International Trade Secretary Liam Fox stressed that “it’s a warning to everybody, whether they are in Parliament or elsewhere that they need to do everything possible to maintain their own cyber security.”
MPs took to Twitter and social media to notify their constituents as their parliamentary email accounts were besieged by a concerted 12-hour ‘brute force’ cyberattack targeting ‘weak passwords.’
On Friday night, parliamentary officials “discovered unauthorised attempts to access accounts of parliamentary networks users.” In response, remote access to the network was cut off, meaning that MPs and aides could not access their official email accounts outside of Westminster.
Parliamentary officials have been working with the National Cyber Security Centre, part of intelligence agency GCHQ, to investigate the attempted breach and assess the potential compromise to national security.
The NCSC’s latest statement on their website, as of Saturday, reads:
The NCSC is aware of an incident and is working around the clock with the UK Parliamentary digital security team to understand what has happened and advise on the necessary mitigating actions.
It is still unclear whether the attempts were successful, or whether any confidential information in the network has been acquired. Moreover, MPs and cyber specialists can only speculate as to the identity of the cyber-attackers.
However, whether those responsible for the attack are foreign ‘state actors’ or organised criminals, the compromise to the confidentiality of private or personal information and national security details is a major risk. Security advisors have warned that the parliamentary email network is a ‘treasure trove’ of information not only for blackmailers, but also for hostile states, crime syndicates and terrorist organisations.
Many Twitter users following the story have been quick to link this attempted breach to Russian state agencies (some using the hashtag #russia), citing interference in European and American elections, as well as the cyberattack on the German Bundestag in 2015, as prior examples of similar assaults on democratic institutions. However, the relatively rudimentary nature of the ‘brute force’ attempted password hacks on Parliament on Friday contrasts, for instance, with the sophisticated attempt to install remote data monitoring software onto the German state’s computer systems two years ago, which German authorities blamed on Russian agents.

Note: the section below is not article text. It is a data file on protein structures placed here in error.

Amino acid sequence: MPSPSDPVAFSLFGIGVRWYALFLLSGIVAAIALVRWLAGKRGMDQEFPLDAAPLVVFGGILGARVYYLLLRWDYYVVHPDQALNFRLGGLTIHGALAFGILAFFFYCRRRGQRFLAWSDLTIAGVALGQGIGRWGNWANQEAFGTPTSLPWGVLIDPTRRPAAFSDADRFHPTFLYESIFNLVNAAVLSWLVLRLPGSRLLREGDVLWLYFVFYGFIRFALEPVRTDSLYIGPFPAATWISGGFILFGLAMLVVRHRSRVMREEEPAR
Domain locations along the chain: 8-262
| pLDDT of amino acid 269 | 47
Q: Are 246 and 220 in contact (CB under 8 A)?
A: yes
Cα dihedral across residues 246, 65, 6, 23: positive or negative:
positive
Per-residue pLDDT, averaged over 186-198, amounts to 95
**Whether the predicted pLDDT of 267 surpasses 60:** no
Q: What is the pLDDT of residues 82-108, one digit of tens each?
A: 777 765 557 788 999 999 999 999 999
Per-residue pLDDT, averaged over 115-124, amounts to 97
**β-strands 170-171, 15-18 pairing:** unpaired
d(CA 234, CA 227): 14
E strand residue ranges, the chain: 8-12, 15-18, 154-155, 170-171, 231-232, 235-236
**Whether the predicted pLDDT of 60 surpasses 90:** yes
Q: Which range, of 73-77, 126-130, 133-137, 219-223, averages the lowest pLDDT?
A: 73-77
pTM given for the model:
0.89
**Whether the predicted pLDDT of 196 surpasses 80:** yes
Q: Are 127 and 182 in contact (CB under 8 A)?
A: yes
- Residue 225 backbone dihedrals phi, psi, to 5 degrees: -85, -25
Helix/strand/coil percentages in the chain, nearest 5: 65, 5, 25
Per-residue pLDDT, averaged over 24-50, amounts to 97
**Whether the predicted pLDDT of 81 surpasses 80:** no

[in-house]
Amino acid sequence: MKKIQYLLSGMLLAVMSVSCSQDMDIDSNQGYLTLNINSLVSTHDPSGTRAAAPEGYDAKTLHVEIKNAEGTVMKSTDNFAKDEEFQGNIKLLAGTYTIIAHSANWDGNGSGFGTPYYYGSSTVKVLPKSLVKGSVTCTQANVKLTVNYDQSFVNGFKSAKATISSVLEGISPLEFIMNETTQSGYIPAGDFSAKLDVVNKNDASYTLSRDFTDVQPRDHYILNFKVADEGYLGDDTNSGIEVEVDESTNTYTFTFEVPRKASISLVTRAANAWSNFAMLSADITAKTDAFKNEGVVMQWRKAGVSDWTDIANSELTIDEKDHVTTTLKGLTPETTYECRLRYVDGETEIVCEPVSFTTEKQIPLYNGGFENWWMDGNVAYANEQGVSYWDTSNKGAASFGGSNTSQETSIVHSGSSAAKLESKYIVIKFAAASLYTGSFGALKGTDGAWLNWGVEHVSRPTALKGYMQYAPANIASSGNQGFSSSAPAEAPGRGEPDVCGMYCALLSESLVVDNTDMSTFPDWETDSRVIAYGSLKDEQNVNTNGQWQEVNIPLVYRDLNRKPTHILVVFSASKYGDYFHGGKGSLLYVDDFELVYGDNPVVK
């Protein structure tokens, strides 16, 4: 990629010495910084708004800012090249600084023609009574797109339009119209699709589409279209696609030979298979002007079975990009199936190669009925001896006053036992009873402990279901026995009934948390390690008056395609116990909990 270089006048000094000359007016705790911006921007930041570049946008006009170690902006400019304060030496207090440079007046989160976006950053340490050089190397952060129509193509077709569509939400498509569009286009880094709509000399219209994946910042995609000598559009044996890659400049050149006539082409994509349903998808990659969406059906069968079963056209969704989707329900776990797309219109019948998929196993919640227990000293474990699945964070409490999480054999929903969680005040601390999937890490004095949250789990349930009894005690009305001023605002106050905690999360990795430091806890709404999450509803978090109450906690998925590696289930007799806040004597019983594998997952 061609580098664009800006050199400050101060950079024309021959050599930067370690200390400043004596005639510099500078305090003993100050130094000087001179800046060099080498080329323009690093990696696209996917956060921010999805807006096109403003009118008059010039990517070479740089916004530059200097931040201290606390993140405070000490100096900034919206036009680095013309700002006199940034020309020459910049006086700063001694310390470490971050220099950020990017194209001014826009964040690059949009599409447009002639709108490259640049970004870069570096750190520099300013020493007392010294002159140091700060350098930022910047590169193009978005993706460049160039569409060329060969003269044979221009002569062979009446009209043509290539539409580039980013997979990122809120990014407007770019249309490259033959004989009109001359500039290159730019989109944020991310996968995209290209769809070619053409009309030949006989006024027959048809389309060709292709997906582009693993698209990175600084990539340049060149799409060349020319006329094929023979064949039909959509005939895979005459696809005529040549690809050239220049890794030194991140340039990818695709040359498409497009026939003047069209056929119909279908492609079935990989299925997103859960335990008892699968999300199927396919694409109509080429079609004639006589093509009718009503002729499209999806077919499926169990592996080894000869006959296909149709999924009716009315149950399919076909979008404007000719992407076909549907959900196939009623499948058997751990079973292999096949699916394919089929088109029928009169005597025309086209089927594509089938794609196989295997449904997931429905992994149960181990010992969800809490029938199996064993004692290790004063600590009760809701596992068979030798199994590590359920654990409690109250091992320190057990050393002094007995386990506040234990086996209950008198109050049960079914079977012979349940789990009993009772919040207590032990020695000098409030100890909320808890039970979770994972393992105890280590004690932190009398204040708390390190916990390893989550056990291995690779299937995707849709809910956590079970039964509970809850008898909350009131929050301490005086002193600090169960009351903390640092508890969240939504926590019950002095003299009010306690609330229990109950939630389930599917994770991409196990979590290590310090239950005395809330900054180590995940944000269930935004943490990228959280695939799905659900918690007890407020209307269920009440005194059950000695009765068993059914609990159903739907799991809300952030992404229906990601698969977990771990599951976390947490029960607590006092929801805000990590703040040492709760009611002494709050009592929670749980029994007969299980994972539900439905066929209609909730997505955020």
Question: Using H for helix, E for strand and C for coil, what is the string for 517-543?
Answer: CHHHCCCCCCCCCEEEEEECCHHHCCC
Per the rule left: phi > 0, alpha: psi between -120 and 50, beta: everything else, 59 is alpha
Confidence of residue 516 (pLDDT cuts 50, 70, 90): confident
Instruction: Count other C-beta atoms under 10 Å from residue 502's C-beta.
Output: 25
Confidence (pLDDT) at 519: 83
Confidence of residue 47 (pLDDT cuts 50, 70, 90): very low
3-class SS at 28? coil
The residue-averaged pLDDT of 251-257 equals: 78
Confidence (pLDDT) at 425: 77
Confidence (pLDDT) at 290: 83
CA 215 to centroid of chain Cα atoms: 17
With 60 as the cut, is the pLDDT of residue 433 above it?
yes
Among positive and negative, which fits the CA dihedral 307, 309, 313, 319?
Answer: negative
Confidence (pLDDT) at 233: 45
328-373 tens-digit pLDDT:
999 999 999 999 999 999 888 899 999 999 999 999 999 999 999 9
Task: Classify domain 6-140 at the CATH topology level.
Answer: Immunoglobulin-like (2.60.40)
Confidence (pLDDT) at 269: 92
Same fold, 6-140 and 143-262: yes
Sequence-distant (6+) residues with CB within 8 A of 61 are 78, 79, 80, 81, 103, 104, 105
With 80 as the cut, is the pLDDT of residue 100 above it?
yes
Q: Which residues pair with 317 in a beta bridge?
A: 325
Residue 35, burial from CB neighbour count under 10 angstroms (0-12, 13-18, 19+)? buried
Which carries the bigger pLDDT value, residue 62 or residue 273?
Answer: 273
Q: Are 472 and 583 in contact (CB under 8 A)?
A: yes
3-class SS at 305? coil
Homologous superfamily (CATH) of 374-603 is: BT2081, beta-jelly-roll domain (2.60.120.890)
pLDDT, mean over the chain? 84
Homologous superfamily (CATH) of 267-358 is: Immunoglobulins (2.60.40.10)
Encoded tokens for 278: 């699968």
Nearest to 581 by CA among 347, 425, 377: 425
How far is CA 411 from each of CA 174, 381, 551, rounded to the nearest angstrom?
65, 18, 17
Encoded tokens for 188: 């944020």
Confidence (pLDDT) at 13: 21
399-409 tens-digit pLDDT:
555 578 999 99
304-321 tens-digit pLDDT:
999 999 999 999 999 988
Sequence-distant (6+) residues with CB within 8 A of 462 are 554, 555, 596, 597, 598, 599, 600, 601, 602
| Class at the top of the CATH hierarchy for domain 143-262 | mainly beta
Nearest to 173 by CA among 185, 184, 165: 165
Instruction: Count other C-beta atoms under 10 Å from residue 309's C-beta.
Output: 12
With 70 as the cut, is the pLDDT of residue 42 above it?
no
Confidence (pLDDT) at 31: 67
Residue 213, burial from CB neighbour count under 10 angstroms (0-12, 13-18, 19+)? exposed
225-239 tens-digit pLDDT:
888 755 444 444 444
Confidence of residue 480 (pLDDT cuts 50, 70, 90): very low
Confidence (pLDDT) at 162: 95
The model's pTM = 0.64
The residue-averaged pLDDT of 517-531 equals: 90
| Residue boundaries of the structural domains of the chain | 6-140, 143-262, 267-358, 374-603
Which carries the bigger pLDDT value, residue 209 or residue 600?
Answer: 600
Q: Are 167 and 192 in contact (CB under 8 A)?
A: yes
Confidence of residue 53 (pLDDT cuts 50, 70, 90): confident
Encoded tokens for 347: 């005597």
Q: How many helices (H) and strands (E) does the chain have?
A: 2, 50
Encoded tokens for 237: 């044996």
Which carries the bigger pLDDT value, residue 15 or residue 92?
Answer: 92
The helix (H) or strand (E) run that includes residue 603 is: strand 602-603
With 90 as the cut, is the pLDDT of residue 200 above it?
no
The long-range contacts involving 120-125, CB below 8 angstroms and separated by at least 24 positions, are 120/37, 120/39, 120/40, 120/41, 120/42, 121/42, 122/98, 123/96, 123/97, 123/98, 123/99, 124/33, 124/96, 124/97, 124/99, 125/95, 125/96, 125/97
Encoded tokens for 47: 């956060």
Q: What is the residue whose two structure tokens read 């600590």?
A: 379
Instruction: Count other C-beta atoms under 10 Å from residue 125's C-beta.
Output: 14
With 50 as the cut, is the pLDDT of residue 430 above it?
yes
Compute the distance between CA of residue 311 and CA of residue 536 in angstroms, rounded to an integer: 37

While government sources have stated that it is too early to draw conclusions regarding the fallout of the event or the perpetrators, MPs have acknowledged the extent of the threat posed by cybercrime. Tory MP for NW Leicestershire, Andrew Bridgen, stated, “if people thought our emails were not secure it would seriously undermine our constituents’ confidence and trust in approaching their MP at a time of crisis.”
Referencing the ‘WannaCry’ attack on 48 NHS hospitals only a month ago, International Trade Secretary Liam Fox said it was ‘no surprise’ that Parliament would face hacking attempts given the recent attack on our public services.
In the Queen’s Speech last week, the government outlined plans to improve data protection with a new Data Protection Bill, but this did not provide details of plans to counter threats of largescale hacking or cybercrime at home or abroad.
The government indicated, however, that they hoped the new law would help them to collaborate with former EU partners and international allies in order to confront threats to global security, threats in which cyber-conflict plays an increasingly prominent role. It may well be that these measures are following up the government’s statement in 2015 in the National Security Strategy that cyber-attacks from both organised crime and foreign intelligence agencies are one of the “most significant risks to UK interests.”